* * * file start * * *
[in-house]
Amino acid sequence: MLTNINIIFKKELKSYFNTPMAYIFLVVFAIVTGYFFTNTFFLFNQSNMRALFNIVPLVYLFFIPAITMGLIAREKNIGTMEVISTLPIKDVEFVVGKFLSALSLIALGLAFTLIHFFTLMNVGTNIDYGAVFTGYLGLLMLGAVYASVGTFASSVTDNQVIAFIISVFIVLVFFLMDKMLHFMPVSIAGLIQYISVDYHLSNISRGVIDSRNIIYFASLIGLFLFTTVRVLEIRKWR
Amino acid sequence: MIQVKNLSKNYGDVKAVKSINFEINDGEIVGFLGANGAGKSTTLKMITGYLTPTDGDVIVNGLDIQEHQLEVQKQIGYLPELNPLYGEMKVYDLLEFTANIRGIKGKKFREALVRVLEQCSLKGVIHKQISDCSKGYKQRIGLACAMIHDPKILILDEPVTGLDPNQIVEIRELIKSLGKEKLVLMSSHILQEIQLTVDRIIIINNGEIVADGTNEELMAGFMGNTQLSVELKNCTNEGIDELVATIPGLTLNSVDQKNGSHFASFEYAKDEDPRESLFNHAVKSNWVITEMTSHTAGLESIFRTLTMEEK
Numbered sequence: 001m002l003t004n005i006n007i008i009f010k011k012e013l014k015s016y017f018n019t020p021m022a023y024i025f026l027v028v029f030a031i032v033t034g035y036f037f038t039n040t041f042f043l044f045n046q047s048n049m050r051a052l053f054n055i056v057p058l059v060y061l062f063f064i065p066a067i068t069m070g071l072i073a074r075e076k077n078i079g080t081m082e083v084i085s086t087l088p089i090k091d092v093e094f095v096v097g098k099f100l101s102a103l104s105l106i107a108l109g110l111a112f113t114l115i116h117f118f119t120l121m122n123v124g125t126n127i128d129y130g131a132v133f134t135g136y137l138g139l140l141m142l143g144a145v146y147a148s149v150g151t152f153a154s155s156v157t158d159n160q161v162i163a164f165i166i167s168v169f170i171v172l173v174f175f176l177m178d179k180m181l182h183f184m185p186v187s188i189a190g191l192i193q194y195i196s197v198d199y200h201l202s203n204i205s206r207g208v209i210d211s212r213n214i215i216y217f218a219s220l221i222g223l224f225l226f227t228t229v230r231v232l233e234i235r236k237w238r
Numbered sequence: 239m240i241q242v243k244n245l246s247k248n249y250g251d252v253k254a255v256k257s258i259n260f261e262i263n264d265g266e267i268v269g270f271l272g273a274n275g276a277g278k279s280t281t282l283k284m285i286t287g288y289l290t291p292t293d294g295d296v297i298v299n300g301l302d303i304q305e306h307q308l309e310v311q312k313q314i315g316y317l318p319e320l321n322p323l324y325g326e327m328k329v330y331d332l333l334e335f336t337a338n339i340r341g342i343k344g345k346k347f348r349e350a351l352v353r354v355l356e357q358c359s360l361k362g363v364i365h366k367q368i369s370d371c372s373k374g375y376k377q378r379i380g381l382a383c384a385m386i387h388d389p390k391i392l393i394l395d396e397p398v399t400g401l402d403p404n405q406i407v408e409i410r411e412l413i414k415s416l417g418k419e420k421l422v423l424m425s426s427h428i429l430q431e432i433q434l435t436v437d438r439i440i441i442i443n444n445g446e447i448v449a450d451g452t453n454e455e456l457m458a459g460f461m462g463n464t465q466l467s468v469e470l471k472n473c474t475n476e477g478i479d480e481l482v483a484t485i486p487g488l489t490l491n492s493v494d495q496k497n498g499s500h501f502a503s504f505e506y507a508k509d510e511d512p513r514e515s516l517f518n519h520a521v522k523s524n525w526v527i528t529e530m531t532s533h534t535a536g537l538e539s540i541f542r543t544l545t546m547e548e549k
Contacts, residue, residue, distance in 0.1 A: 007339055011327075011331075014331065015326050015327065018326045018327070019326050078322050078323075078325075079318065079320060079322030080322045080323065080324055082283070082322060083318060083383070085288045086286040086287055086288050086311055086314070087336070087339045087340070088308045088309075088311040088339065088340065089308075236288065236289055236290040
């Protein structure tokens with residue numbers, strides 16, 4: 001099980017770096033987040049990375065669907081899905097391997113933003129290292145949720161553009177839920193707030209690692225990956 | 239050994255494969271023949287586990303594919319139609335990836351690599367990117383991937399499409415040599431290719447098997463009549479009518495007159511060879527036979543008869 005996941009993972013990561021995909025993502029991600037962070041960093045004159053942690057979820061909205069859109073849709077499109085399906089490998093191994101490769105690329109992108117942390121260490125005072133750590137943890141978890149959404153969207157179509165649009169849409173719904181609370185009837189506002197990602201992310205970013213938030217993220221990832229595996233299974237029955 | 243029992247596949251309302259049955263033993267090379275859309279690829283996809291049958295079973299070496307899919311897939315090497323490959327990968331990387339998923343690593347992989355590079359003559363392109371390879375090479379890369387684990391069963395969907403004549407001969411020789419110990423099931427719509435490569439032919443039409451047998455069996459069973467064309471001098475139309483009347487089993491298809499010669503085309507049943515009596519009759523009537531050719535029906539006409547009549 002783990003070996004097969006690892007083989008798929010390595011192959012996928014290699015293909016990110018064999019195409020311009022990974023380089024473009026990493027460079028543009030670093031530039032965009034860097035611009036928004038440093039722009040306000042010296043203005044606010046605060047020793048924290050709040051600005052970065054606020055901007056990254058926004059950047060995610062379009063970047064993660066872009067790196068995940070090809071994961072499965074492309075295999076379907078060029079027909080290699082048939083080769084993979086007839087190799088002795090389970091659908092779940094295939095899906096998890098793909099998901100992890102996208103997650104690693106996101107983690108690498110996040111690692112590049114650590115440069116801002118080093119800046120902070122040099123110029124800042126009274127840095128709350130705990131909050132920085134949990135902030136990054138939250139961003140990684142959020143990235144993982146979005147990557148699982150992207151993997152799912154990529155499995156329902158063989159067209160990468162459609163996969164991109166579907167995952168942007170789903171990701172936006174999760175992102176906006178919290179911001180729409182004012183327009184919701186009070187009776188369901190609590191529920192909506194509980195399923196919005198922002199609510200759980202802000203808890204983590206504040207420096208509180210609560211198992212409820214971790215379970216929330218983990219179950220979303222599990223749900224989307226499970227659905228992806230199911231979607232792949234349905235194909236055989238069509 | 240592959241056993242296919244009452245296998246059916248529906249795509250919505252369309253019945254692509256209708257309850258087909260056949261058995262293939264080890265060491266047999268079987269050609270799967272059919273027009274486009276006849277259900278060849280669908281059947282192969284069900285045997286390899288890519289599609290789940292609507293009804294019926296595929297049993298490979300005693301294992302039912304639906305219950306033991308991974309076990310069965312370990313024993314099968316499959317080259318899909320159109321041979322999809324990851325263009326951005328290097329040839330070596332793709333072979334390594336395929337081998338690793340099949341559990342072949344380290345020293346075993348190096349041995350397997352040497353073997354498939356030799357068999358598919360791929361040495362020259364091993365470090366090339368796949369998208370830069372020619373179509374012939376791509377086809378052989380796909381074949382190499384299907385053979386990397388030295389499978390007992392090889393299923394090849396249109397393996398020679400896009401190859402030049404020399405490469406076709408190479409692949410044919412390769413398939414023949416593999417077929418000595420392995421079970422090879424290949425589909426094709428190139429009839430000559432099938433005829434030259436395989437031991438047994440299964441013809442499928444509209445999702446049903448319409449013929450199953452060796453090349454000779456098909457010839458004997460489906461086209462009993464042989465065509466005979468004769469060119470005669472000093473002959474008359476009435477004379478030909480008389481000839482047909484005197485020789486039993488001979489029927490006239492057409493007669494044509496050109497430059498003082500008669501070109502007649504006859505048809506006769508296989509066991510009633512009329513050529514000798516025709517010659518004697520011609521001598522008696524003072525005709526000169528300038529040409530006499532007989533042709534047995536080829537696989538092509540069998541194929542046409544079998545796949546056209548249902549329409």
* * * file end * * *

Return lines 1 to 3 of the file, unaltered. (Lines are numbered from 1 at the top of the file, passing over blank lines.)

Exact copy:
[in-house]
Amino acid sequence: MLTNINIIFKKELKSYFNTPMAYIFLVVFAIVTGYFFTNTFFLFNQSNMRALFNIVPLVYLFFIPAITMGLIAREKNIGTMEVISTLPIKDVEFVVGKFLSALSLIALGLAFTLIHFFTLMNVGTNIDYGAVFTGYLGLLMLGAVYASVGTFASSVTDNQVIAFIISVFIVLVFFLMDKMLHFMPVSIAGLIQYISVDYHLSNISRGVIDSRNIIYFASLIGLFLFTTVRVLEIRKWR
Amino acid sequence: MIQVKNLSKNYGDVKAVKSINFEINDGEIVGFLGANGAGKSTTLKMITGYLTPTDGDVIVNGLDIQEHQLEVQKQIGYLPELNPLYGEMKVYDLLEFTANIRGIKGKKFREALVRVLEQCSLKGVIHKQISDCSKGYKQRIGLACAMIHDPKILILDEPVTGLDPNQIVEIRELIKSLGKEKLVLMSSHILQEIQLTVDRIIIINNGEIVADGTNEELMAGFMGNTQLSVELKNCTNEGIDELVATIPGLTLNSVDQKNGSHFASFEYAKDEDPRESLFNHAVKSNWVITEMTSHTAGLESIFRTLTMEEK